b) what I would call "bartering" (This may be covered in the rules - it has been a very long time since I last read them.) ... "Ok, you're going to win, but you're going to lose 2 Centaurs and a Ranger" ... "No, I'd lose the 2 Lions before I lose the Ranger" ... "OK, 2 centaurs and 2 lions" (sigh) ... If the two combatants can agree, the battle is scored up normally without bothering to conduct the actual combat. I've seen the range of results - 100% or close to 100% accuracy a good deal of the time, to mutual destruction, to the other person winning the battle in a couple of bizarre instances.

... between those two mechanisms, it has sometimes been 2 hours into a game before the first battleboard ever comes out (Perhaps that is something to think about, how to accelerate the game based on what mechanism is used to resolve conflicts.).

What I like about the game: it looks and plays relatively simple, but it's not; decision-making process on the masterboard; the twists of luck on the battleboards; the artwork (the individualization of the pieces as well as stack markers); you can learn a lot watching very good players against one another.

What I dislike about the game: downtime for battles when there are 2 or more in a row; very early elimination (almost inevitable in a 5- or 6-player game, not uncommon in a 4-player); it's not a good game with players of disparate skill and experience levels; getting consistently bad die rolls on the masterboard.

For me, the issue of gamelength is usually tied into how well I am doing in the game.

 
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Neil Carr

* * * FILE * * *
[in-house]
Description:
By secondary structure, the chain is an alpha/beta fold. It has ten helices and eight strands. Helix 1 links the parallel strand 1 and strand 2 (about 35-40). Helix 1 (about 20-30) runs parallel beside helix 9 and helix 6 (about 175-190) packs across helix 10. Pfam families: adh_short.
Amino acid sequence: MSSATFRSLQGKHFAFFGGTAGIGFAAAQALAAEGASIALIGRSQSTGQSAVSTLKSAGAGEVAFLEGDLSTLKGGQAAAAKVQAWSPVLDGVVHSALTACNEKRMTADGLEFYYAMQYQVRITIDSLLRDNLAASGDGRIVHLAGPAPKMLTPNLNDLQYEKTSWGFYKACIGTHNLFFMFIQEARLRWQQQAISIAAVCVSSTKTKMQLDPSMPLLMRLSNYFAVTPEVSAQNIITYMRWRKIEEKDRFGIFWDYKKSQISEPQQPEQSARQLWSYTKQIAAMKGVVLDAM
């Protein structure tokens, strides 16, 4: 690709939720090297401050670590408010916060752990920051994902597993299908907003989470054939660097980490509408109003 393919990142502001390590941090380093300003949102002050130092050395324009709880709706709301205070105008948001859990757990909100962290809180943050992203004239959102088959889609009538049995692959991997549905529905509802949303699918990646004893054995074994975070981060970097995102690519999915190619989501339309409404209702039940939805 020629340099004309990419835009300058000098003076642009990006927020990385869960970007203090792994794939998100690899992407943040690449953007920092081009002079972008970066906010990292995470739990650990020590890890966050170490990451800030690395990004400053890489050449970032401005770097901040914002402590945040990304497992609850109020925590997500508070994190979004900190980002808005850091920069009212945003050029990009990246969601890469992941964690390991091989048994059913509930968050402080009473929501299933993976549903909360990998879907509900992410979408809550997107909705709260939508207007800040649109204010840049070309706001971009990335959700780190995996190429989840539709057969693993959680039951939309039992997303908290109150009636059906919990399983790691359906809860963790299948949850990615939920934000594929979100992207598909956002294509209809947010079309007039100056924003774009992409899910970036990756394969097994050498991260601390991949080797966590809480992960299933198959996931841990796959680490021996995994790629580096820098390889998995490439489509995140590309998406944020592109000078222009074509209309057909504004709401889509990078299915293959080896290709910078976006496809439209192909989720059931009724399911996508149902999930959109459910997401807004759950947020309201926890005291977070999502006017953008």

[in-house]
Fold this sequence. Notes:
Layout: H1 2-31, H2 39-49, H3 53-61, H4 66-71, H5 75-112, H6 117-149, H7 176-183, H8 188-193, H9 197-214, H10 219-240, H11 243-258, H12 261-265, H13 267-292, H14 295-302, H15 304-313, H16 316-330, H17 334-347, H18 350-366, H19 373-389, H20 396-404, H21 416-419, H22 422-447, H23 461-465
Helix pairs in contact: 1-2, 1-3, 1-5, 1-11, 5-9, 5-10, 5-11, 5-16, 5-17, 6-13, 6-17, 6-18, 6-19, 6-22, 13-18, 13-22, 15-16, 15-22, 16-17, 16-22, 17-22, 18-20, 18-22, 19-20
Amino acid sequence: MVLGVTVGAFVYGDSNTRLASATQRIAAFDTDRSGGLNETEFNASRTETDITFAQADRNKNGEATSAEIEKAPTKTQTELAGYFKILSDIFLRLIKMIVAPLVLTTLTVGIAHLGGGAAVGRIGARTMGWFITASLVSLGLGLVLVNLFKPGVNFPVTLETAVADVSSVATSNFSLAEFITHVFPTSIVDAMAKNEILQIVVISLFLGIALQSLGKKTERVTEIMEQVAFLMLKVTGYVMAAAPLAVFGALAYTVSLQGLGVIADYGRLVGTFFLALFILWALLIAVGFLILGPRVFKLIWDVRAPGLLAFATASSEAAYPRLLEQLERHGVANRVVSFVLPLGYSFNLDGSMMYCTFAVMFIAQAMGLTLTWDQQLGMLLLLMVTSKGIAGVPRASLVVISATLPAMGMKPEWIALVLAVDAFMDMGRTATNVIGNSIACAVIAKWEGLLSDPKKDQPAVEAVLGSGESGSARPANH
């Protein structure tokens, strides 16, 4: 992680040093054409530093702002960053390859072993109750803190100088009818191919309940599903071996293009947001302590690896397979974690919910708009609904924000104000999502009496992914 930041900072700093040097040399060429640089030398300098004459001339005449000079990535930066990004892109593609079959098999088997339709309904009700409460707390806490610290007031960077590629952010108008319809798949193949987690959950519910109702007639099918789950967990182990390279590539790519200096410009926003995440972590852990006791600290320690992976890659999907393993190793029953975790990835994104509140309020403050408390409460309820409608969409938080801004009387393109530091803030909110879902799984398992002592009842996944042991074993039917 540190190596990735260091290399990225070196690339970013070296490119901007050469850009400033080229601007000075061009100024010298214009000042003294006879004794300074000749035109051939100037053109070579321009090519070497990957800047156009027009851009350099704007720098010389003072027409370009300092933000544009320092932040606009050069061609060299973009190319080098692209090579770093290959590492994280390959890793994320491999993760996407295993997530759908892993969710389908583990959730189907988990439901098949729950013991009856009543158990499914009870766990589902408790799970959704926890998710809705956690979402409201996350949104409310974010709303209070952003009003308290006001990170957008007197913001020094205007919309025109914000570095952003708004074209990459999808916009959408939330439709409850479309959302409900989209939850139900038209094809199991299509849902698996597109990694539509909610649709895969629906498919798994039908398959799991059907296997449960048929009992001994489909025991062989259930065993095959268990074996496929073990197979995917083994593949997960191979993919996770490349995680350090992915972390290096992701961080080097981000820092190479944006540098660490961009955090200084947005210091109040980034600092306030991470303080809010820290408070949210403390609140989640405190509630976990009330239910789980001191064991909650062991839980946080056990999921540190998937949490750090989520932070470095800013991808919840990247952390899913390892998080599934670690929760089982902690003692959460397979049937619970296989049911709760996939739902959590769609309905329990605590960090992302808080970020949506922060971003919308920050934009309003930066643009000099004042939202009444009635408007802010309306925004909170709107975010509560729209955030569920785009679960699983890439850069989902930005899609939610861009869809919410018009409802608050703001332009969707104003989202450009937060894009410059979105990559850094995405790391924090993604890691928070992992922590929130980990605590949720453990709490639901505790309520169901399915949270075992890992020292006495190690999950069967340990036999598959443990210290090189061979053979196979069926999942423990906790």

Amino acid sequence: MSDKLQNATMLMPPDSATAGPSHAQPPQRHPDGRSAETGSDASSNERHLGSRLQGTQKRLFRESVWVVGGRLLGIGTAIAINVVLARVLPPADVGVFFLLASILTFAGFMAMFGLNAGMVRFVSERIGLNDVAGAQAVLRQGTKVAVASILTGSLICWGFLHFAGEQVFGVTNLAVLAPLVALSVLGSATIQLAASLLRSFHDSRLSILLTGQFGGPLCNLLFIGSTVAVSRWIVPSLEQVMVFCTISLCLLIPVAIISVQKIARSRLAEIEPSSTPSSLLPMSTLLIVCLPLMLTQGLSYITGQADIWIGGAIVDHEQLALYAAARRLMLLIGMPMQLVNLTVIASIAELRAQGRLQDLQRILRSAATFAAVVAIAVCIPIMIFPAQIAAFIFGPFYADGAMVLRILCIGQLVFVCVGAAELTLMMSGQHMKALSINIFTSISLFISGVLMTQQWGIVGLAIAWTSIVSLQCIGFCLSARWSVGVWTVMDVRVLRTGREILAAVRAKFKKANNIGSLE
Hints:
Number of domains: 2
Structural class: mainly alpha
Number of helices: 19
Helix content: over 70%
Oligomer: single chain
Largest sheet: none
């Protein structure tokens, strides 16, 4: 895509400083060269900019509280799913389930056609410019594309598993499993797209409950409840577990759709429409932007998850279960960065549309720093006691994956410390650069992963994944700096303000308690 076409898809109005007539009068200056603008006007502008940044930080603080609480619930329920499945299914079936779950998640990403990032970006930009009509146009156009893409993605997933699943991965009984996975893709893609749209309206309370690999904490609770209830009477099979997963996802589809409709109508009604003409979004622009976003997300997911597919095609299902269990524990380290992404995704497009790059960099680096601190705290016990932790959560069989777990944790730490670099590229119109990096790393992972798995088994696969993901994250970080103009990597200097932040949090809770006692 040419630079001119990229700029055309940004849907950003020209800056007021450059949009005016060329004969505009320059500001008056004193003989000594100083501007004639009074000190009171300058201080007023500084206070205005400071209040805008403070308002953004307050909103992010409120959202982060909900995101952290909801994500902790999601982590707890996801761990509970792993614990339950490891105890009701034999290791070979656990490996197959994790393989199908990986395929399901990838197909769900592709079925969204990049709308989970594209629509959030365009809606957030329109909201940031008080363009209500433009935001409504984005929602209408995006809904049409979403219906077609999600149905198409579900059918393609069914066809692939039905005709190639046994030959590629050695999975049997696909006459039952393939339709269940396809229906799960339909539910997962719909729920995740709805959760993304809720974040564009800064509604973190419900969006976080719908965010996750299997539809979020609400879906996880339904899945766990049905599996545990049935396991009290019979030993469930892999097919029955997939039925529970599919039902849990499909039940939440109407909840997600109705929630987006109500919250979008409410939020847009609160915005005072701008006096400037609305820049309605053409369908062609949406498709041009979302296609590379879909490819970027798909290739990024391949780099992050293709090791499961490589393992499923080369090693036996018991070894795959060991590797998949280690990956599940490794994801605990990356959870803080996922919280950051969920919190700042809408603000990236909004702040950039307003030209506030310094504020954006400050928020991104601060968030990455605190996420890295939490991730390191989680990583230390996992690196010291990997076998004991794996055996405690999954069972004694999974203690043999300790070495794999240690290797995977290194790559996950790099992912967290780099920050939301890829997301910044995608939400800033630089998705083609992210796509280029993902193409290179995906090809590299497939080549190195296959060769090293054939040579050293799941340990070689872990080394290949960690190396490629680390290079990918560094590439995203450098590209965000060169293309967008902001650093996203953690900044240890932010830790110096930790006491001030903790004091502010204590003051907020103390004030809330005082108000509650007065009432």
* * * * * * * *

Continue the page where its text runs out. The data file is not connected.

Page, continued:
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In principle I should like Titan, but what made me never want to play it again was that it wasn't "dressed up" enough for me. The flowchart style of the main board is a total turn off. If there was some way of redoing the mainboard so that it looked like an actual fantasy map with all sorts of features, akin to a map from the Heroes of Might and Magic computer game, then I'd be pretty excited about it.

Also get rid of player elimination and make it run no longer than four hours and it would be great. Being able to march across a fantasy land, mustering an army of monsters and then zooming in for battles sounds great, it just has to get away from an analytic play style and fit in with modern standards of game play length.
 
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Drake Storm
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Thanks for the replies.

I'm glad not too many people said they love the massive die rolling since that is the first thing I removed from my "Euro-Titan" design attempt. I actually kind of like the die rolling, but in order to streamline the game, things need to be cut.

I knew people would like the tactical maps/battles, but as one person noted, once you've played the game alot you can pretty much tell how the battles are going to turn out (barring some lucky/unlucky rolling). The mini-battles are still a big part of the game, so I can't cut them out completely, just need a good way to shave the time down dramatically.